Commentary: City should take its time with accessory dwelling units code update

Edmonds’ Planning and Development Department has recently proposed its code update for accessory dwelling units (ADUs) in the city. The issue is to be discussed at the upcoming Edmonds Planning Board meeting on Jan. 10, with a public hearing anticipated for Jan. 24.  The Alliance of Citizens for Edmonds (ACE) wants to express its concerns about the proposal, urging citizens to weigh in on the issue.

The new ADU law is a significant departure from past zoning practice in the state that will dramatically alter the landscape and almost certainly have undesired consequences. Given this, ACE believes the City of Edmonds should be guided by the following overarching principle: Initially implement the requirements of the law (EHB1337) without going beyond its mandates. Further, after a period of one to two years, the impacts of implementation should be assessed before code parameters are expanded beyond the law’s requirements.  The planning and development director has acknowledged that the city needs to quantify the results of implementation of these laws so that expanded growth is in line with actual future needs.  ACE urges staff to keep the above principle front and center when revising codes to align with new laws.

Planning and development has increased the floor area threshold from 1,000 to 1,200 square feet, ostensibly to ensure that two bedrooms may be accommodated. New two-bedroom apartments in Edmonds are in the range of 1,000 square feet. (Hazel two-bedroom units range 920 to 1,040 square feet; Westgate two-bedroom units range 815 to 885 square feet.)

ACE supports establishing a limit at two bedrooms. More bedrooms than that in a small unit would reduce the quality of living space and functionality for those with mobility issues. Three bedrooms would be inappropriate, as ADUs are intended as accessory units, not additional primary residences on a lot. ACE believes the 1,000-square-foot limit should be maintained.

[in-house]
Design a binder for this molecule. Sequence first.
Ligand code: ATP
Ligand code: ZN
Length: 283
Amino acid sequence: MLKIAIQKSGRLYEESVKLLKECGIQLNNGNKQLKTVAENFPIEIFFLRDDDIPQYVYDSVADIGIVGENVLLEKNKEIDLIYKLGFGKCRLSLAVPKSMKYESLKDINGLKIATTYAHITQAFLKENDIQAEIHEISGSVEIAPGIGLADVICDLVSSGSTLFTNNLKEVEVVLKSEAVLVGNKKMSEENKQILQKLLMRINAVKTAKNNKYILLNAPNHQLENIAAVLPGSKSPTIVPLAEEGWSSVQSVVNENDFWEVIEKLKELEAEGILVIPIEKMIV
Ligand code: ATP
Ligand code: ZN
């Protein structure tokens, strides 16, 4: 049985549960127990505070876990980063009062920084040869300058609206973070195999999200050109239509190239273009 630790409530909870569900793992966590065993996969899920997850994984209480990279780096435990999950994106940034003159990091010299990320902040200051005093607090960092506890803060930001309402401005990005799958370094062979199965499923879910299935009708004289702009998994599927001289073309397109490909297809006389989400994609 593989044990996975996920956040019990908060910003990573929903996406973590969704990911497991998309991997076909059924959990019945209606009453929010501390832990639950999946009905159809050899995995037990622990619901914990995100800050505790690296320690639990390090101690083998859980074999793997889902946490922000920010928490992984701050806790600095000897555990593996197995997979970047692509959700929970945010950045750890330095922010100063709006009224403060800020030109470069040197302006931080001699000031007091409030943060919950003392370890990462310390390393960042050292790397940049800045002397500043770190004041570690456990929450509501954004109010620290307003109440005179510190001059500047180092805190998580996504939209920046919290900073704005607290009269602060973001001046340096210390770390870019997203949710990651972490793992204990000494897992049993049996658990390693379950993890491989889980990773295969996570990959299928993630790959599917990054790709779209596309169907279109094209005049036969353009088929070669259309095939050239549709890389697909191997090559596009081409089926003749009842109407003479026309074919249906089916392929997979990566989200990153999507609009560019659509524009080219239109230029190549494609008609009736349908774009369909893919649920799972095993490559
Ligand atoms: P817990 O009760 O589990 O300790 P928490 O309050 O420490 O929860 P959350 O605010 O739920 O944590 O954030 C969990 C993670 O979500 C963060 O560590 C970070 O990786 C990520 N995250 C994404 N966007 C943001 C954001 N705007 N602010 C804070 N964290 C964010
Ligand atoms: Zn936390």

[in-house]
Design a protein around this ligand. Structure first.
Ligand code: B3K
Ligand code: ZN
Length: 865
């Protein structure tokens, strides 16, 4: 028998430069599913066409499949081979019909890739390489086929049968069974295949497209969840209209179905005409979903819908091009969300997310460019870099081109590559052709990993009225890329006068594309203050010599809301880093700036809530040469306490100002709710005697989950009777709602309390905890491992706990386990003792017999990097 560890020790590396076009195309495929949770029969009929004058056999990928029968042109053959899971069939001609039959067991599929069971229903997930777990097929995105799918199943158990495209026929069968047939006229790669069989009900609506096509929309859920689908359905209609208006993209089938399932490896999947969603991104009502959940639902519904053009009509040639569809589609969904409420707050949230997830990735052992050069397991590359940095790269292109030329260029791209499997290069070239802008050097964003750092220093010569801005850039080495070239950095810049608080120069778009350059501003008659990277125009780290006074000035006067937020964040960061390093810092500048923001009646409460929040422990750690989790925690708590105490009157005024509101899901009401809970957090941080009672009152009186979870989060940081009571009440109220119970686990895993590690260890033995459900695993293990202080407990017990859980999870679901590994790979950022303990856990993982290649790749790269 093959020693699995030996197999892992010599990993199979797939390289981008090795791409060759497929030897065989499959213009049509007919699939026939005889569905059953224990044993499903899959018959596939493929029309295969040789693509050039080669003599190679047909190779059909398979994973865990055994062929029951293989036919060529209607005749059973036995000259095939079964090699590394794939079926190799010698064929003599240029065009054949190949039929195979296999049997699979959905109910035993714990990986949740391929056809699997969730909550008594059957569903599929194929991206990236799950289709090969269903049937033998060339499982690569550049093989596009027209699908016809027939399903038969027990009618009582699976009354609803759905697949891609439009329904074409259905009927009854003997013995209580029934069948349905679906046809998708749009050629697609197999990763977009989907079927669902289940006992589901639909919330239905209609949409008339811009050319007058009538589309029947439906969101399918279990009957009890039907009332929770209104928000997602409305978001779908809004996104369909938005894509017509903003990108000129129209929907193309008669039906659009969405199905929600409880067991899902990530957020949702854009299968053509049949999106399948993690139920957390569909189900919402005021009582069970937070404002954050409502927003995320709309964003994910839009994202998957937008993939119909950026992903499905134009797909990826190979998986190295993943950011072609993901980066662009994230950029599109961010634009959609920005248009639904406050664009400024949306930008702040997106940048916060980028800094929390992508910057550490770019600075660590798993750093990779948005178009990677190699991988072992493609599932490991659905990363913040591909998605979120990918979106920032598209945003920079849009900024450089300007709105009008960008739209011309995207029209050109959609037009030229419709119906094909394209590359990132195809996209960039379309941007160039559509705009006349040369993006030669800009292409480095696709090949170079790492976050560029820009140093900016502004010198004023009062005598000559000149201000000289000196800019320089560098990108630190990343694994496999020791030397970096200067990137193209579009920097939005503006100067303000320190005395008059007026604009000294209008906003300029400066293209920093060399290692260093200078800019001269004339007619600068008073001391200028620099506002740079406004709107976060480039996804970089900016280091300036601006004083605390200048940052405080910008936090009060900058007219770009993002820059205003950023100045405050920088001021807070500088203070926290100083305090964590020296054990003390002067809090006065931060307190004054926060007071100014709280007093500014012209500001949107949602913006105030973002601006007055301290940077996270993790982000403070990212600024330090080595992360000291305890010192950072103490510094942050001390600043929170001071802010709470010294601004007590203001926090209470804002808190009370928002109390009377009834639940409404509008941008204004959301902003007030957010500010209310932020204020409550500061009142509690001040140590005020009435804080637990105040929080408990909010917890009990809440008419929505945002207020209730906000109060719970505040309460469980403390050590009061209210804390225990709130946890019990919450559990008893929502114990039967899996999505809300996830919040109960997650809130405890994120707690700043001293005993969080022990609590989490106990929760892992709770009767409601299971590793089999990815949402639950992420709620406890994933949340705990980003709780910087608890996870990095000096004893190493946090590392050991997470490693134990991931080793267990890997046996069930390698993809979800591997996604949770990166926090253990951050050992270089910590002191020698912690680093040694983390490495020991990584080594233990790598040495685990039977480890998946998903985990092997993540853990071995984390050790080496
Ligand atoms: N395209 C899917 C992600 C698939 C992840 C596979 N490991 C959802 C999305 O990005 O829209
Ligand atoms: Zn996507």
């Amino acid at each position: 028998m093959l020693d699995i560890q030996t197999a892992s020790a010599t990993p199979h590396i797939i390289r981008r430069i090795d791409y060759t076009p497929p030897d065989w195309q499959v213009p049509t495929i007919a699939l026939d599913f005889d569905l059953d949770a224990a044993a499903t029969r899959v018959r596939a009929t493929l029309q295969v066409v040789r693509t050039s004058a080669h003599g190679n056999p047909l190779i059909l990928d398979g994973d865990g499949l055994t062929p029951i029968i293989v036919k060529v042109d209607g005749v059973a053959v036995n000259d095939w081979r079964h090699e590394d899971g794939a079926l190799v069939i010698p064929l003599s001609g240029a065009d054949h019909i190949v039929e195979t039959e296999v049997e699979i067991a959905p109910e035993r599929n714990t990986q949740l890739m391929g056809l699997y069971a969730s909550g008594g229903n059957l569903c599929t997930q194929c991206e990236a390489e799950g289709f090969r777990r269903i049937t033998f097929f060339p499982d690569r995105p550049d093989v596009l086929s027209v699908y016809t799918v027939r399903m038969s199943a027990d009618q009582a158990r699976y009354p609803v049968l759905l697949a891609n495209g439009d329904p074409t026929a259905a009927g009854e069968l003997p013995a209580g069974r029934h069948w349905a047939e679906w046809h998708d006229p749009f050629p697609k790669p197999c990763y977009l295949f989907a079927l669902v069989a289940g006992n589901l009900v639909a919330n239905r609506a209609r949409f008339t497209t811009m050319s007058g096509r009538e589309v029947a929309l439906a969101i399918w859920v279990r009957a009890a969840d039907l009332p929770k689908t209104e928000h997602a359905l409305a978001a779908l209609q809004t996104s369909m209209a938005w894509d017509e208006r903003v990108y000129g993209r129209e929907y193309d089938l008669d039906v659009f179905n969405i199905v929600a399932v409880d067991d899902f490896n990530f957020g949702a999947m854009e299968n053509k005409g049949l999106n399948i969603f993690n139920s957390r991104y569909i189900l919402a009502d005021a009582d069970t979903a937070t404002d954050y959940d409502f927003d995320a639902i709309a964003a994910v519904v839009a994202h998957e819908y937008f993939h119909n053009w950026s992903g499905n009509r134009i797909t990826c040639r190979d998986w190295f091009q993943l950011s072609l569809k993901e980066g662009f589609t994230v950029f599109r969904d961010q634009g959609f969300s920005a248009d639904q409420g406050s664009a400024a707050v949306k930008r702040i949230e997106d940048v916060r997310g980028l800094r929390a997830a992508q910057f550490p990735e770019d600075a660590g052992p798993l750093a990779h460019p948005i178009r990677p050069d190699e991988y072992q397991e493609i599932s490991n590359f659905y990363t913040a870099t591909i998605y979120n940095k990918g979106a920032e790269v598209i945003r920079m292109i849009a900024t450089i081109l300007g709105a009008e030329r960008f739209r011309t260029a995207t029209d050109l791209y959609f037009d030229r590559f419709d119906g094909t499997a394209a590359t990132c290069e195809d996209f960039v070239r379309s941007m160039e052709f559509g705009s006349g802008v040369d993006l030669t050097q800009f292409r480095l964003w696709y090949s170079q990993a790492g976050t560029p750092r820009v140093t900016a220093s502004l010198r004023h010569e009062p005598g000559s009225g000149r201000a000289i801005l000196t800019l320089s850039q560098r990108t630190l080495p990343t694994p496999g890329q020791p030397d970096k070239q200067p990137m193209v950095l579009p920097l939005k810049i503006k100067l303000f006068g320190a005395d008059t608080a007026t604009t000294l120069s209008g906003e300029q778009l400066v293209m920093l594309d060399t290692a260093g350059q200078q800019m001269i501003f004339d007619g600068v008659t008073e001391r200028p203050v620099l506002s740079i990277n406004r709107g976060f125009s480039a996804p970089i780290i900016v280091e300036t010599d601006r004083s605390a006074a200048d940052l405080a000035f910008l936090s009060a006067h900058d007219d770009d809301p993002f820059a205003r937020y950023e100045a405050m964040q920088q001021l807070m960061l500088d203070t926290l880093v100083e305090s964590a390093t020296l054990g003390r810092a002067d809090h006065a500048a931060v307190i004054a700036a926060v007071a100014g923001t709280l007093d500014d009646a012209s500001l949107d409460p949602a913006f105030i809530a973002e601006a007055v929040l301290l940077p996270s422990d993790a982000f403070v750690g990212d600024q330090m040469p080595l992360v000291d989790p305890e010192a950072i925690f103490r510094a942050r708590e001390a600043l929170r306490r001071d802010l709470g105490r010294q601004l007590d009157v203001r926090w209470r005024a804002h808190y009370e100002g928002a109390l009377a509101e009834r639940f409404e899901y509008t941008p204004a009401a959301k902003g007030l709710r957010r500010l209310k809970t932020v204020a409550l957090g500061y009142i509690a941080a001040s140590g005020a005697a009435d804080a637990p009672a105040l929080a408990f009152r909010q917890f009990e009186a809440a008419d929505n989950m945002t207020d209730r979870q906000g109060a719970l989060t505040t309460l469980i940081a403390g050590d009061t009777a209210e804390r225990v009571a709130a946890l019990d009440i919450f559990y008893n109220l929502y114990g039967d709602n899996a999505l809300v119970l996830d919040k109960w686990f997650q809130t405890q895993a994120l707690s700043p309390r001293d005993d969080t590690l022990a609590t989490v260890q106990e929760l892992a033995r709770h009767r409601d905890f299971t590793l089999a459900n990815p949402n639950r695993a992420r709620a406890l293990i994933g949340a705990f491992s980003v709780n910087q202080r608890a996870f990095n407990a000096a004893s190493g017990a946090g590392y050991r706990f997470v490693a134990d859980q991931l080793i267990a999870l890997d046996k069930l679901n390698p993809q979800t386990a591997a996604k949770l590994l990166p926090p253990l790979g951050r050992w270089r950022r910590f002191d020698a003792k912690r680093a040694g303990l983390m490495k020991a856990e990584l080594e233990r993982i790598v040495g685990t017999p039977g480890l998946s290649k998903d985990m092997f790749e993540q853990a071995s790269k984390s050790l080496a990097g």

Planning and development proposes reducing rear setbacks “in some instances,” which ACE does not support, due to impacts that could have on views, light in surrounding homes and loss of trees.

ACE recommends addressing rooftop decks, preferably not allowing them on two-story buildings that are at the 24-foot height limit.

ACE recommends that minimum lot sizes be established for the addition of structures on lots, especially since additional legislation may be enacted to allow lot splitting, which would cut the size of parcels by half.

Planning and development’s summary of changes does not address impact fees. EHB1337 allows for impact fees no greater than 50% of the home on the lot. Additional ADU/DADU housing will have an impact on street maintenance. Thus reduced fees are appropriate. Impact fees should be included in the permit costs.

ACE recommends the issue of view corridor impacts be addressed. As homeowners with water views are assessed extra property taxes for views, allowing a new building that diminishes that view has an adverse impact on view homeowners.  Please add a mechanism or process to engage potentially affected neighbors to address their concerns and mitigate any negative effects.

Achieving clarity in the code is crucial to providing clear guidance for adding accessory dwelling units.  This is to avoid confusion and waste of time and effort in process. Clarification is needed in these areas:

– It is unclear how accessory units will be counted relative to EHB1337 and E2SHB1110. Will each be counted as a unit under the middle housing designation? Can each lot have a maximum of two ADU/DADUs regardless of the type and size of the primary dwelling on the parcel?

– The proposed statement on planned residential developments (PRDs) should be strengthened by clarifying that it refers to those that have no homeowners associations (HOAs) or covenants, conditions and restrictions (CCRs).